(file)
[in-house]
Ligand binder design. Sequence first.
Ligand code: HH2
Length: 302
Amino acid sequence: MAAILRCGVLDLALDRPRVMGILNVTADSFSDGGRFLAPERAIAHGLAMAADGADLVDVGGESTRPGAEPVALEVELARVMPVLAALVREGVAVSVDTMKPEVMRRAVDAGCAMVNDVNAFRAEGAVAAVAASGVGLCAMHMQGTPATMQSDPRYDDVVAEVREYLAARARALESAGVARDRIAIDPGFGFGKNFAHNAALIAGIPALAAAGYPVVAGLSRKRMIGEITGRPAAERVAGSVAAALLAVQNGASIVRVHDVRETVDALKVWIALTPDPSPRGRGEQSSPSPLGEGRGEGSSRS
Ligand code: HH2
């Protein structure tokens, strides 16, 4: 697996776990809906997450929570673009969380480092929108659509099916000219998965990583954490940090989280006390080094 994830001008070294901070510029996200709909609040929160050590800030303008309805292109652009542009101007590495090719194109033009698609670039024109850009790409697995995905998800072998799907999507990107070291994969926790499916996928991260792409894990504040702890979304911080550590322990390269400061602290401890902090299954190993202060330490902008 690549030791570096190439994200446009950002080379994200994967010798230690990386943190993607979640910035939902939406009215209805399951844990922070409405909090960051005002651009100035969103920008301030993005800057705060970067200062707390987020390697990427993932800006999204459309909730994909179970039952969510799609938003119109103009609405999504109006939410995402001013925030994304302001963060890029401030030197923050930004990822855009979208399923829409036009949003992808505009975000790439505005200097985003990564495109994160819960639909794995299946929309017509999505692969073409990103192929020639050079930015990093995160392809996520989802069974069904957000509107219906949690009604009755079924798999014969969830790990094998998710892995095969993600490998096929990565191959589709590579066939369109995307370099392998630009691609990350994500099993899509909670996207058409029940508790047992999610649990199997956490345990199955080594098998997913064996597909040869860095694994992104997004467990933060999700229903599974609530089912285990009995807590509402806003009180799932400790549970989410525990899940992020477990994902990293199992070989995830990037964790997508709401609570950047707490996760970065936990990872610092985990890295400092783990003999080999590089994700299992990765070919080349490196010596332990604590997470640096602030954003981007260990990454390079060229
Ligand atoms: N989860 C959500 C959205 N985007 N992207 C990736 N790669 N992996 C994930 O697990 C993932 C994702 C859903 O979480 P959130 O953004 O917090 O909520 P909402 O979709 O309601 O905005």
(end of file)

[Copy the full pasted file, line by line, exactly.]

[in-house]
Ligand binder design. Sequence first.
Ligand code: HH2
Length: 302
Amino acid sequence: MAAILRCGVLDLALDRPRVMGILNVTADSFSDGGRFLAPERAIAHGLAMAADGADLVDVGGESTRPGAEPVALEVELARVMPVLAALVREGVAVSVDTMKPEVMRRAVDAGCAMVNDVNAFRAEGAVAAVAASGVGLCAMHMQGTPATMQSDPRYDDVVAEVREYLAARARALESAGVARDRIAIDPGFGFGKNFAHNAALIAGIPALAAAGYPVVAGLSRKRMIGEITGRPAAERVAGSVAAALLAVQNGASIVRVHDVRETVDALKVWIALTPDPSPRGRGEQSSPSPLGEGRGEGSSRS
Ligand code: HH2
């Protein structure tokens, strides 16, 4: 697996776990809906997450929570673009969380480092929108659509099916000219998965990583954490940090989280006390080094 994830001008070294901070510029996200709909609040929160050590800030303008309805292109652009542009101007590495090719194109033009698609670039024109850009790409697995995905998800072998799907999507990107070291994969926790499916996928991260792409894990504040702890979304911080550590322990390269400061602290401890902090299954190993202060330490902008 690549030791570096190439994200446009950002080379994200994967010798230690990386943190993607979640910035939902939406009215209805399951844990922070409405909090960051005002651009100035969103920008301030993005800057705060970067200062707390987020390697990427993932800006999204459309909730994909179970039952969510799609938003119109103009609405999504109006939410995402001013925030994304302001963060890029401030030197923050930004990822855009979208399923829409036009949003992808505009975000790439505005200097985003990564495109994160819960639909794995299946929309017509999505692969073409990103192929020639050079930015990093995160392809996520989802069974069904957000509107219906949690009604009755079924798999014969969830790990094998998710892995095969993600490998096929990565191959589709590579066939369109995307370099392998630009691609990350994500099993899509909670996207058409029940508790047992999610649990199997956490345990199955080594098998997913064996597909040869860095694994992104997004467990933060999700229903599974609530089912285990009995807590509402806003009180799932400790549970989410525990899940992020477990994902990293199992070989995830990037964790997508709401609570950047707490996760970065936990990872610092985990890295400092783990003999080999590089994700299992990765070919080349490196010596332990604590997470640096602030954003981007260990990454390079060229
Ligand atoms: N989860 C959500 C959205 N985007 N992207 C990736 N790669 N992996 C994930 O697990 C993932 C994702 C859903 O979480 P959130 O953004 O917090 O909520 P909402 O979709 O309601 O905005």